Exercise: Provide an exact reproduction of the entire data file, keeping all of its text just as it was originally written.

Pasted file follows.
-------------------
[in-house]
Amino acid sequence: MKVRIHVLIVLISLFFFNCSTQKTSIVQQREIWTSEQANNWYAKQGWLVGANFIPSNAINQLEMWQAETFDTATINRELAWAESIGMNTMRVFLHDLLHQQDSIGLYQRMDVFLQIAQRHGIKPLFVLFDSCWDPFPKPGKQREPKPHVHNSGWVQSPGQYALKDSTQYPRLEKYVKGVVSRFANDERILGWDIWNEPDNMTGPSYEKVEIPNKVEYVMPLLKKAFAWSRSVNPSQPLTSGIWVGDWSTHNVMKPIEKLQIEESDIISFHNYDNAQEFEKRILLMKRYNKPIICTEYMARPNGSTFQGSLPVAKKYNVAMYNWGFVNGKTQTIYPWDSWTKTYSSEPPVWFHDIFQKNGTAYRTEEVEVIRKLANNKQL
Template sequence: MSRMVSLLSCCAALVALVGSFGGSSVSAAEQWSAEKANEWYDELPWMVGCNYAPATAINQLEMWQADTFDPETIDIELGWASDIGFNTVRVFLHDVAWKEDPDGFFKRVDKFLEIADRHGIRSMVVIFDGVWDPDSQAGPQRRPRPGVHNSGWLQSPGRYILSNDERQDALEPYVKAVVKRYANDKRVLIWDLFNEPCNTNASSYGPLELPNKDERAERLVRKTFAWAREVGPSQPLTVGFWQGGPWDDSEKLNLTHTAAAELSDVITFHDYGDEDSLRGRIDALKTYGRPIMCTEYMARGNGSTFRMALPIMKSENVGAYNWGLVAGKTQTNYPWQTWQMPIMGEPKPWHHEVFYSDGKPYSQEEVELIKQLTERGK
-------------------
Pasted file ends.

[in-house]
Amino acid sequence: MKVRIHVLIVLISLFFFNCSTQKTSIVQQREIWTSEQANNWYAKQGWLVGANFIPSNAINQLEMWQAETFDTATINRELAWAESIGMNTMRVFLHDLLHQQDSIGLYQRMDVFLQIAQRHGIKPLFVLFDSCWDPFPKPGKQREPKPHVHNSGWVQSPGQYALKDSTQYPRLEKYVKGVVSRFANDERILGWDIWNEPDNMTGPSYEKVEIPNKVEYVMPLLKKAFAWSRSVNPSQPLTSGIWVGDWSTHNVMKPIEKLQIEESDIISFHNYDNAQEFEKRILLMKRYNKPIICTEYMARPNGSTFQGSLPVAKKYNVAMYNWGFVNGKTQTIYPWDSWTKTYSSEPPVWFHDIFQKNGTAYRTEEVEVIRKLANNKQL
Template sequence: MSRMVSLLSCCAALVALVGSFGGSSVSAAEQWSAEKANEWYDELPWMVGCNYAPATAINQLEMWQADTFDPETIDIELGWASDIGFNTVRVFLHDVAWKEDPDGFFKRVDKFLEIADRHGIRSMVVIFDGVWDPDSQAGPQRRPRPGVHNSGWLQSPGRYILSNDERQDALEPYVKAVVKRYANDKRVLIWDLFNEPCNTNASSYGPLELPNKDERAERLVRKTFAWAREVGPSQPLTVGFWQGGPWDDSEKLNLTHTAAAELSDVITFHDYGDEDSLRGRIDALKTYGRPIMCTEYMARGNGSTFRMALPIMKSENVGAYNWGLVAGKTQTNYPWQTWQMPIMGEPKPWHHEVFYSDGKPYSQEEVELIKQLTERGK